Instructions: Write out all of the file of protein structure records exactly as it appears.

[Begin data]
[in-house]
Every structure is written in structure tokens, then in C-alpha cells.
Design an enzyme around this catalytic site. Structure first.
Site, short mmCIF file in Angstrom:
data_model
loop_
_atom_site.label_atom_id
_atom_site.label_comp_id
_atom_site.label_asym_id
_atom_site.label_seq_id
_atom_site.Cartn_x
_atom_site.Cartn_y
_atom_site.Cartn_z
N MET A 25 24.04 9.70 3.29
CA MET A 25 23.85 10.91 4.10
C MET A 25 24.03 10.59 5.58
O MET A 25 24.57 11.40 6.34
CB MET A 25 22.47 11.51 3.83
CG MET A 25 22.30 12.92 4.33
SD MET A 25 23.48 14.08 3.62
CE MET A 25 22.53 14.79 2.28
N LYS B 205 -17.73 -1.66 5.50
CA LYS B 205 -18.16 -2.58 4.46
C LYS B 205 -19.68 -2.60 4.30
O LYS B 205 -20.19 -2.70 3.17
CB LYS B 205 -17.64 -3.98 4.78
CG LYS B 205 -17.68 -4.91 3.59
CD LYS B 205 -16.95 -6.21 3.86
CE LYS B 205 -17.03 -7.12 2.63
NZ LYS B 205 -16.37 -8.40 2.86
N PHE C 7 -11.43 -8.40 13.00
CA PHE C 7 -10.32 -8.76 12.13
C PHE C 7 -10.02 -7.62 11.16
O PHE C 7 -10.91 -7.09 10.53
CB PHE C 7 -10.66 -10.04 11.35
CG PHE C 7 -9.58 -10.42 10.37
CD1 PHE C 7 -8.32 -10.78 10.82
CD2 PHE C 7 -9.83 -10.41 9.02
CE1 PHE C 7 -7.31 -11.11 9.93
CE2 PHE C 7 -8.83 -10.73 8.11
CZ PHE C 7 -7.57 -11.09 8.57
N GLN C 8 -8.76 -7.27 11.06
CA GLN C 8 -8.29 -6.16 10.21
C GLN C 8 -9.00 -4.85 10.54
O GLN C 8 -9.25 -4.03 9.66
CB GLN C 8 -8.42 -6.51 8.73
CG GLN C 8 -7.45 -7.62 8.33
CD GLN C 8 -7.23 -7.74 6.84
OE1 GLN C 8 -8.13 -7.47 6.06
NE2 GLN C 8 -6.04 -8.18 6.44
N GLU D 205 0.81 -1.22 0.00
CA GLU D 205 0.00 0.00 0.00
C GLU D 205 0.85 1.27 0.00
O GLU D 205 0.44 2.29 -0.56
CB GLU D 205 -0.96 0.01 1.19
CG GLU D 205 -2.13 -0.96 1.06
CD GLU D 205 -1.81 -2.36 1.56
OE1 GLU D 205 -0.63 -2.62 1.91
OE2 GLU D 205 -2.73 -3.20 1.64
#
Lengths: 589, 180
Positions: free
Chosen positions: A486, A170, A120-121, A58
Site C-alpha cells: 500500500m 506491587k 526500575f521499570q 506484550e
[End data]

[in-house]
Every structure is written in structure tokens, then in C-alpha cells.
Design an enzyme around this catalytic site. Structure first.
Site, short mmCIF file in Angstrom:
data_model
loop_
_atom_site.label_atom_id
_atom_site.label_comp_id
_atom_site.label_asym_id
_atom_site.label_seq_id
_atom_site.Cartn_x
_atom_site.Cartn_y
_atom_site.Cartn_z
N MET A 25 24.04 9.70 3.29
CA MET A 25 23.85 10.91 4.10
C MET A 25 24.03 10.59 5.58
O MET A 25 24.57 11.40 6.34
CB MET A 25 22.47 11.51 3.83
CG MET A 25 22.30 12.92 4.33
SD MET A 25 23.48 14.08 3.62
CE MET A 25 22.53 14.79 2.28
N LYS B 205 -17.73 -1.66 5.50
CA LYS B 205 -18.16 -2.58 4.46
C LYS B 205 -19.68 -2.60 4.30
O LYS B 205 -20.19 -2.70 3.17
CB LYS B 205 -17.64 -3.98 4.78
CG LYS B 205 -17.68 -4.91 3.59
CD LYS B 205 -16.95 -6.21 3.86
CE LYS B 205 -17.03 -7.12 2.63
NZ LYS B 205 -16.37 -8.40 2.86
N PHE C 7 -11.43 -8.40 13.00
CA PHE C 7 -10.32 -8.76 12.13
C PHE C 7 -10.02 -7.62 11.16
O PHE C 7 -10.91 -7.09 10.53
CB PHE C 7 -10.66 -10.04 11.35
CG PHE C 7 -9.58 -10.42 10.37
CD1 PHE C 7 -8.32 -10.78 10.82
CD2 PHE C 7 -9.83 -10.41 9.02
CE1 PHE C 7 -7.31 -11.11 9.93
CE2 PHE C 7 -8.83 -10.73 8.11
CZ PHE C 7 -7.57 -11.09 8.57
N GLN C 8 -8.76 -7.27 11.06
CA GLN C 8 -8.29 -6.16 10.21
C GLN C 8 -9.00 -4.85 10.54
O GLN C 8 -9.25 -4.03 9.66
CB GLN C 8 -8.42 -6.51 8.73
CG GLN C 8 -7.45 -7.62 8.33
CD GLN C 8 -7.23 -7.74 6.84
OE1 GLN C 8 -8.13 -7.47 6.06
NE2 GLN C 8 -6.04 -8.18 6.44
N GLU D 205 0.81 -1.22 0.00
CA GLU D 205 0.00 0.00 0.00
C GLU D 205 0.85 1.27 0.00
O GLU D 205 0.44 2.29 -0.56
CB GLU D 205 -0.96 0.01 1.19
CG GLU D 205 -2.13 -0.96 1.06
CD GLU D 205 -1.81 -2.36 1.56
OE1 GLU D 205 -0.63 -2.62 1.91
OE2 GLU D 205 -2.73 -3.20 1.64
#
Lengths: 589, 180
Positions: free
Chosen positions: A486, A170, A120-121, A58
Site C-alpha cells: 500500500m 506491587k 526500575f521499570q 506484550e